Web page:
By: Lisa Schuman, LCSW
The holidays can be the happiest time of the year… or the saddest. According to the National Institutes of Health, there is a high incidence of depression during December’s holiday season. Hospitals report an increase in the number of suicides or attempted suicides during this time of year. Mental health professionals report a significant increase in their patients’ symptoms of depression and anxiety.
Managing meaningful relationships.
If you are undergoing fertility treatment, interactions with friends and family during a time of year that is supposed to be joyous can be difficult for several reasons. First, it may be a time when announcements are made, such as “we are pregnant.” Even if you feel happy for a relative or friend who makes such an announcement, it is only natural that you would also feel badly about your own misfortune. Second, family members can be intrusive. They may ask too many questions or share unsolicited advice. Finally, the holidays can mark the end of another year without a baby. The resulting pain for the infertility patient can be enormous. For people who are trying to conceive and have had a loss the pain can be even greater.
It is commonly known that infertility can be a clinically depressing experience. We know that unsuccessful fertility patients can experience varying levels of depression similar to chemotherapy patients. Friends and family rarely understand this, and therefore cannot be expected say or do “the right thing.” It’s unlikely that baby announcements will be postponed, that sweet aunt Elizabeth will restrain herself from asking, “so when will you two have children?” or that a sister-in-law will stop herself from sharing how easy it was to get pregnant
Make self-care a priority.
Therefore, it is wise to remember how upsetting these interactions can be and to prepare for the holidays. While the pain cannot be eliminated, it can be minimized and it is possible to practice self-care. Understanding that the holidays may bring added stress provides you with the option to minimize your interactions with friends and family or to be direct with them about your feelings. A friend or family member may not always understand if their beloved relative doesn’t attend every family event, but missing a few events can usually be tolerated. If being direct is an option, friends and family often respond well to hearing that while the pain of infertility or a loss makes attending a particular event painful, attending future events will be a pleasure and that you plan to be at Janie’s second, third, and every birthday party afterwards.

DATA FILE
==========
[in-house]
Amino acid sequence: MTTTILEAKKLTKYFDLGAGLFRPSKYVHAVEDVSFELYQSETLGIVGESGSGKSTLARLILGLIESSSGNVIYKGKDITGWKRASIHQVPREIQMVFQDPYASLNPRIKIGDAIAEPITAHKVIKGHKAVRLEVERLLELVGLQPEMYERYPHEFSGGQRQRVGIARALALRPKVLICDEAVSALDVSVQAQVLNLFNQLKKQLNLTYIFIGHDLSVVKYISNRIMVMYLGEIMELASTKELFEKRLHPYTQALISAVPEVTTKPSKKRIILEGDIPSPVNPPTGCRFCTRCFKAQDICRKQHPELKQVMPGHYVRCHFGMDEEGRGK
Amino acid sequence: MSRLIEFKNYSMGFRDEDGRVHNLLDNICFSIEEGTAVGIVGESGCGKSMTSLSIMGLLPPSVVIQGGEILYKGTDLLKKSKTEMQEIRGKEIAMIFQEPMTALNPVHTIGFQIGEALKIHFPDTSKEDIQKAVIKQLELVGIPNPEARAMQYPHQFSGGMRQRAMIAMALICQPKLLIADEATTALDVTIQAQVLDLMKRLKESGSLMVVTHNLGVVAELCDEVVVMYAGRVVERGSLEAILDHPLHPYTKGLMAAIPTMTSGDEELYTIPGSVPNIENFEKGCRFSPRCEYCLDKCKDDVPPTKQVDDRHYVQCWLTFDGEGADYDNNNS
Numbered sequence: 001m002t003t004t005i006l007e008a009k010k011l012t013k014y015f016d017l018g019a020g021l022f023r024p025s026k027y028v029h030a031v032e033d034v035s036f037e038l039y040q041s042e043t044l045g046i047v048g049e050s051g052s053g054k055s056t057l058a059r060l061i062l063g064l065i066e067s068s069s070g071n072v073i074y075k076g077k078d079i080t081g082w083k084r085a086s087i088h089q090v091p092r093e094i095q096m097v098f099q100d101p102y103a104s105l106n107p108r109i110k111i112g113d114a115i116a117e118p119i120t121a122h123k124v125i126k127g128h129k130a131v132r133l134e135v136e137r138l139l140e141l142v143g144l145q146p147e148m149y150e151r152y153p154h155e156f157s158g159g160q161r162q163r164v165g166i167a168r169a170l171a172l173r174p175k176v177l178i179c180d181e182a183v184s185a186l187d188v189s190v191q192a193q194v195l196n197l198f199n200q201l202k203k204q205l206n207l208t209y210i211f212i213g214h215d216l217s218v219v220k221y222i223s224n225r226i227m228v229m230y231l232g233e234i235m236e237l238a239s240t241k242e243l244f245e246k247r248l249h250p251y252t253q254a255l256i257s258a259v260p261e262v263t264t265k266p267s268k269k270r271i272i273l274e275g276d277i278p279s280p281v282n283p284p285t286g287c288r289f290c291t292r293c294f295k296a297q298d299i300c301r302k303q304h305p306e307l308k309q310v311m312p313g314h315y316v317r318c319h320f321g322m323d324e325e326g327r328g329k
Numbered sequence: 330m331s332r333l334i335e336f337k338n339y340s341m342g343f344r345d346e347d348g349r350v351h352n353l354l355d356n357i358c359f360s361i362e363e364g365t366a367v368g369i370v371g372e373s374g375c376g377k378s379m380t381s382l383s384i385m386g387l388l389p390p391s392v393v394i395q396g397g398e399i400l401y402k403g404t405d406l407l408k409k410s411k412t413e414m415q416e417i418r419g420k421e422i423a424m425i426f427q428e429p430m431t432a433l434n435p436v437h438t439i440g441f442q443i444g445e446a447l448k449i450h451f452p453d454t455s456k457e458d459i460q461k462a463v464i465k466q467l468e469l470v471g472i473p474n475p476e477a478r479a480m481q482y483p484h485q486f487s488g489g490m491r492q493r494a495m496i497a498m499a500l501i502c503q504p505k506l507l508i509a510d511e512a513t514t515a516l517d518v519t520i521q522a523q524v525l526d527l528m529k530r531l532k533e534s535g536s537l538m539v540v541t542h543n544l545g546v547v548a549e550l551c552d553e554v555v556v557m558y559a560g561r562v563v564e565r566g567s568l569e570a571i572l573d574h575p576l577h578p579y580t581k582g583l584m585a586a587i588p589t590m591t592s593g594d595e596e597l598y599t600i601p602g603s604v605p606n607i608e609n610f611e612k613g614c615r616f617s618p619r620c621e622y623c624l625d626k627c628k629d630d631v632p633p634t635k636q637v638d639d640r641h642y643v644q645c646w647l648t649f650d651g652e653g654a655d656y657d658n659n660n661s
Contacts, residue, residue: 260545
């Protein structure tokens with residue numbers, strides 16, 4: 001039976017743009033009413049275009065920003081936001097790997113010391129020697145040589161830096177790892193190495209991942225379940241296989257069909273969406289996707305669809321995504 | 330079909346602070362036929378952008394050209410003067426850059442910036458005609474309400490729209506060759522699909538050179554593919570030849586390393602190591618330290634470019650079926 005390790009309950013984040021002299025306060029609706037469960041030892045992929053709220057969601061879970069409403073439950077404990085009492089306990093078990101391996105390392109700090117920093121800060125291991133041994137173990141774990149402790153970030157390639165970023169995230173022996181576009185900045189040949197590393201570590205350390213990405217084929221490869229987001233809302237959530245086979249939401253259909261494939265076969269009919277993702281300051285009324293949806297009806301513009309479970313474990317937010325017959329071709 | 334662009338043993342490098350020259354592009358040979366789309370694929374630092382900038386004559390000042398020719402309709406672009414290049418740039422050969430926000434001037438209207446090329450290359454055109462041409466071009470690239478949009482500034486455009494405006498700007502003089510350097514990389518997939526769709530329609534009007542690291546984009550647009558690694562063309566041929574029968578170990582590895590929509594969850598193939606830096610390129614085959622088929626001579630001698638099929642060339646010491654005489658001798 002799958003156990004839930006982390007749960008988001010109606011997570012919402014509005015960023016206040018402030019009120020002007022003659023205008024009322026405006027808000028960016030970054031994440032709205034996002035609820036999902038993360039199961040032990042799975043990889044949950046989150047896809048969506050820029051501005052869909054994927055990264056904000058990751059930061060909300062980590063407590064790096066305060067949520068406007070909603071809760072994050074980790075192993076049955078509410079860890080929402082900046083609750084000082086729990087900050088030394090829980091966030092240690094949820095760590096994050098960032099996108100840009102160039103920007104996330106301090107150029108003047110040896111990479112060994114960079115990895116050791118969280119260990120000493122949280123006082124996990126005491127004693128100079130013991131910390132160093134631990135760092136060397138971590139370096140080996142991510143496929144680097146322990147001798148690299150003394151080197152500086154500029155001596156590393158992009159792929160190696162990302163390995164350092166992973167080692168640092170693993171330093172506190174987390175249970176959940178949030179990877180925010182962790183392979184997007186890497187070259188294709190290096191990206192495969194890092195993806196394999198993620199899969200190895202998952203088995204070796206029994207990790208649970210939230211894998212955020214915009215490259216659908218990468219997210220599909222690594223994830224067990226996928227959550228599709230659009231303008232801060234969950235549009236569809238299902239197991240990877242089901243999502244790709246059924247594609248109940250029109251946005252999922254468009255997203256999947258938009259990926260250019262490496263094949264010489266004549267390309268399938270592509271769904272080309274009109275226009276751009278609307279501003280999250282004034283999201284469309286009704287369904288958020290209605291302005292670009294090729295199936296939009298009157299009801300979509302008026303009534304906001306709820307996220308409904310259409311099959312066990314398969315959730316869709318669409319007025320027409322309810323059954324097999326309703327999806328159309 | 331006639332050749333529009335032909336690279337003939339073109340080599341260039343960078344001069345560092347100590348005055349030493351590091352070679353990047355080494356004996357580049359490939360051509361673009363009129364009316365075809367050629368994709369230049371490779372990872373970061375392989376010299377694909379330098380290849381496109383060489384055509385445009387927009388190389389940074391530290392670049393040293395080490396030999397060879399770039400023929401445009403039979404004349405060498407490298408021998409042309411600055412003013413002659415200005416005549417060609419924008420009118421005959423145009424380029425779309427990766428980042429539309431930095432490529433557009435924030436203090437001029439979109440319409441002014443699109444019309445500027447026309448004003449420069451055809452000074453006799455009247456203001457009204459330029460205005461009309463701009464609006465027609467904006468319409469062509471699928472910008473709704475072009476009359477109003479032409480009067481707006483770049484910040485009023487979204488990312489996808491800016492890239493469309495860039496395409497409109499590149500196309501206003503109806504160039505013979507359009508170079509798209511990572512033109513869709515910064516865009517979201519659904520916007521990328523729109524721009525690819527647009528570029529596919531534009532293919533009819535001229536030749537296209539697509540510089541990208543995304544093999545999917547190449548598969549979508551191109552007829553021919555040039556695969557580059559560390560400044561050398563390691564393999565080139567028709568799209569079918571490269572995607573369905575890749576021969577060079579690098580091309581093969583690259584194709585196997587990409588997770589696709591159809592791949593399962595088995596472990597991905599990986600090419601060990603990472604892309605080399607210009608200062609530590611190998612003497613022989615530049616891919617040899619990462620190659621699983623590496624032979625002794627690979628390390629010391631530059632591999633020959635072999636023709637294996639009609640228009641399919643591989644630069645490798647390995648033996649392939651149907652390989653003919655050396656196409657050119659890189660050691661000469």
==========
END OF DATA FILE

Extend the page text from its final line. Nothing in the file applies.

If you are struggling with infertility or are recovering from a loss, it may seem unfair, or too strenuous, to make the effort to have these discussions with loved ones. However, it is also important to remember that special relationships may be worth preserving. This particular pain won’t last forever, and neither do the holidays, but relationships with family and friends may last a lifetime.
It’s about what works for you.
It may not be possible to control the outcome of your journey, but it is possible to take control over your health and well-being. Acupuncture, psychotherapy, massage, yoga or just taking some time off can be rejuvenating, and finding ways to have more control over pleasurable activities can help return a sense of balance to a life that has felt out of control for too long. If your road to family building has been bumpy, it is natural to want to hide under a rock. However, activities such as taking a cooking class or learning how to knit can serve as evidence to your body that when you put effort into something, you can see a direct benefit. Experiencing this sense of control can feel very stabilizing.
The rule of 20.
To help maintain a good relationship and give patients something positive to look forward to, I encourage them to plan time together with loved ones. The holidays can be a good time for a trip to an adults-only resort. For patients who plan to stay in town, I encourage them to find something that they enjoy doing together, such as a movie or a show. Thoughts about the treatment may persist, but if the show is focused upon 20 percent of the evening, that is 20 percent not focused on treatment. It’s also good to get out of the house, even if you are not always “in the mood”.
There may be a lot to discuss, but it is important not to allow fertility treatment to consume every discussion. I suggest patients limit infertility discussions to 20 minutes per day, and then simply put it to rest. If other issues arise, write it down for later. Tomorrow will come.
It may be hard to imagine that one day fertility treatment will be over. If you have experienced a loss, it is important to grieve and appreciate that the grief is a testament to your love. Although the memory may always be with you, the pain will also eventually fade. If you can take the time to care for yourself and plan your interactions with others, then the holiday season will be the best it can be under the circumstances, even if it may not be the most wonderful time of the year. Most importantly, you emotional well-being and relationships will be kept intact so future holidays can be truly wonderful.
If you feel your pain is too great it is important to seek help. Specialists in fertility understand your experience and can guide you to a better place in your relationships and within yourself.